Shortly after all five ordainees had walked the Labyrinth Ritual of Ordination, an ice cream truck cruising the street added its music to our festivities. Those joyous sounds added laughter to the tears of happiness coursing down all new and previously ordained priestesses and priests.

Later, we feasted . . . celebrating five new clergy adding what they can to help make the world a better place, one person at a time.

So, what kind of women and men decided to be ordained this May 18th? Certainly, strong, independent, intelligent, and compassionate people. But, what of these particular women and men? All of them active in their careers, some with children, some without. The careers include: business woman and owner of a web store featuring soaps and lotions; a shaman and yoga teacher, a film and tv producer, a musician and recording artist, and one is an astrological jeweler, teacher, and musician. They come from varied backgrounds with a multitude of skills. One of their most important skills is commitment. Commitment to change the world in which we live for the better, for the seventh generation to come. It’s a big commitment. It’s a huge challenge. But, these women and men consist of spirit and energy, and know that the Goddess walks by their side every step of the way.

Temple of the Goddess welcomes the following priestesses and priests:


* From left to right:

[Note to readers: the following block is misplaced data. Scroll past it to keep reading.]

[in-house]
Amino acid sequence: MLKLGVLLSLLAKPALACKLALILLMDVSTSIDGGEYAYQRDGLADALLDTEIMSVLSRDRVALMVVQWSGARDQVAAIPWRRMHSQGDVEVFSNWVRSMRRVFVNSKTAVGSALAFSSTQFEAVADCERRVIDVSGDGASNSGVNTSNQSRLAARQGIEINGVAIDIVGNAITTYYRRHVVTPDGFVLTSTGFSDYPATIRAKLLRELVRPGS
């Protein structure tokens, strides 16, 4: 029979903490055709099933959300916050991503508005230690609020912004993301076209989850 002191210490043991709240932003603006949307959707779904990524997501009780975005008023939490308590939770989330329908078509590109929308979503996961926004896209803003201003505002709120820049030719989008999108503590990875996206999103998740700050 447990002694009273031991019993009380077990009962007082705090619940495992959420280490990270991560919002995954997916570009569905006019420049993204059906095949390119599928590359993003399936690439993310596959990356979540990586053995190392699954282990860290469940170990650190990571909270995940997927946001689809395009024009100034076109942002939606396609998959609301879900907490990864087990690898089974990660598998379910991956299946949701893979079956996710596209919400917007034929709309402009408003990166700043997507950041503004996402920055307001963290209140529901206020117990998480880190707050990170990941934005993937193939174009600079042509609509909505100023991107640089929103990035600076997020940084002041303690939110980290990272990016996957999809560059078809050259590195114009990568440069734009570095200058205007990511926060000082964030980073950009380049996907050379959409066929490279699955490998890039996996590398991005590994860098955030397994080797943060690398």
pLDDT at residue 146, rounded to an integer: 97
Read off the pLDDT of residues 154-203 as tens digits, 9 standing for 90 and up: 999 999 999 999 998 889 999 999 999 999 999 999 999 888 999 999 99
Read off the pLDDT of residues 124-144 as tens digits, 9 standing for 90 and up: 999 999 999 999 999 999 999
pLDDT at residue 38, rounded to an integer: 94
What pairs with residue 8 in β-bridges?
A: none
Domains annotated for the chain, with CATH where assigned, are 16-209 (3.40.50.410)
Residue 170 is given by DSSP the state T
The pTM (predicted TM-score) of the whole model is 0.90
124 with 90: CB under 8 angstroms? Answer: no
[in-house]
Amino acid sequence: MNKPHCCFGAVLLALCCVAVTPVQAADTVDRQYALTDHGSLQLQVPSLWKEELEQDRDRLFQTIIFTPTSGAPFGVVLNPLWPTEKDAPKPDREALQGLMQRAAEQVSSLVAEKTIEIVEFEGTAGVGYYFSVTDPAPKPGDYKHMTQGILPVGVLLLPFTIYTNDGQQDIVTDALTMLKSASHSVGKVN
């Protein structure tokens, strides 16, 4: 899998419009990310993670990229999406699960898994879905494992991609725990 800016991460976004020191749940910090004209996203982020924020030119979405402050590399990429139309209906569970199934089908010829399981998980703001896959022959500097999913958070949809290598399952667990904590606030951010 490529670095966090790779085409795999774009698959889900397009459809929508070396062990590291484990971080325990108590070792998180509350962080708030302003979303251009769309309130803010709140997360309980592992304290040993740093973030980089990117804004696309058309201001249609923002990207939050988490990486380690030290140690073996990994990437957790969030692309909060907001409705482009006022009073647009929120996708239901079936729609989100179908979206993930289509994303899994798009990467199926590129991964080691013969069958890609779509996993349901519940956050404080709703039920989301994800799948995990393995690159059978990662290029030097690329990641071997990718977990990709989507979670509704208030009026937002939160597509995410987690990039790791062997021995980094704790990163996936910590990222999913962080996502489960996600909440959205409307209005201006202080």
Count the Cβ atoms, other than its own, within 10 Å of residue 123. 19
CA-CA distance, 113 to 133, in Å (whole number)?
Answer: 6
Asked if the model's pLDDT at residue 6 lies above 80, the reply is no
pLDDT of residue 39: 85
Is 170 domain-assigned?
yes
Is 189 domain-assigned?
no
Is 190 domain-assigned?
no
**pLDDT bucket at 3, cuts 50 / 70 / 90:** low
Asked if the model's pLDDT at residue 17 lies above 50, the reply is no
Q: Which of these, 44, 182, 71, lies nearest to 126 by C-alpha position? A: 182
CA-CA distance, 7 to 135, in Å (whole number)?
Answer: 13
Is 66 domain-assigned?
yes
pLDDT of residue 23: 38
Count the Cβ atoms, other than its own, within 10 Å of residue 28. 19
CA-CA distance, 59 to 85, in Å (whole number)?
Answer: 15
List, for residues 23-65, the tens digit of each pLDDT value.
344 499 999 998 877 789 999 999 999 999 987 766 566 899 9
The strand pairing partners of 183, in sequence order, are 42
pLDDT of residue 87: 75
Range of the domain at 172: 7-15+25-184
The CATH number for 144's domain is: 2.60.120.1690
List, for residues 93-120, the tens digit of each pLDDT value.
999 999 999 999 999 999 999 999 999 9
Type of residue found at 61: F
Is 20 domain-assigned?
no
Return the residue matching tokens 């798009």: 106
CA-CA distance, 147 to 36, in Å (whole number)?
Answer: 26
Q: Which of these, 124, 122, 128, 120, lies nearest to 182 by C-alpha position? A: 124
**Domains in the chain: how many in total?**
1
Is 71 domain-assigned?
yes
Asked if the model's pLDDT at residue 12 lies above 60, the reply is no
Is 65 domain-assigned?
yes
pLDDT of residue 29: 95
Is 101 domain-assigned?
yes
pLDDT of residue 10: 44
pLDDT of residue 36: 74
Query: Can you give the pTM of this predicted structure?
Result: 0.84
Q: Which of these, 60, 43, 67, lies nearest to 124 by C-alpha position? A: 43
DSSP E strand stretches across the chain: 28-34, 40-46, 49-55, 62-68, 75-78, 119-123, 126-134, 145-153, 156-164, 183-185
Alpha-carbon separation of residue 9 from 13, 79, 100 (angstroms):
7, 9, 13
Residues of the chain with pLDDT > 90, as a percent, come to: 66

Jeaninne Payne
Priestess of Maat; Defender of Truth and Justice


Leighs Lochran A Ceud Aingeal aka Maurice Lee Davis aka Chokaé
Priest of Healing Torch of the First Light


Ananda aka Cheryl Caddick
Priestess of Her Song


Night Eagle Dancer aka Howard Hansen
Priest of Celtic and Shamanic Mysteries; Warrior/Protector of the Goddess


Priestess of Sacred Offerings, Song, and Rúnaí


by Pythia

Continued . . . Each young adult walked the Labyrinth to meet with Xia, Founder and Director of Temple of the Goddess. She placed pendants around each neck. A pentagram-Yin/Yang around the young men’s necks and a crescent moon around the young women’s. After they were blessed with channeled energy their tear stained faces were radiant with smiles. They moved out to sit on the grass or the swing and witnessed the ordination that followed.

Our prayer is that as these young, strong, intelligent women and men move into the next phase of their lives, they will carry with them the strength, the integrity, the compassion of the Goddess. They know that we as Temple clergy are supporting them in their activities, will be here for them if they need us. They also know that the Goddess is forever with them, showering them with everlasting, unconditional love.

Temple of the Goddess welcomes the following dedicants:



* From left to right:


Zachary Tatum-Nolan

Ariel Miasnik


T'Lark Galeas

Kathryn Payne

Alex Endrenyi

* All photos by: Les Nakashima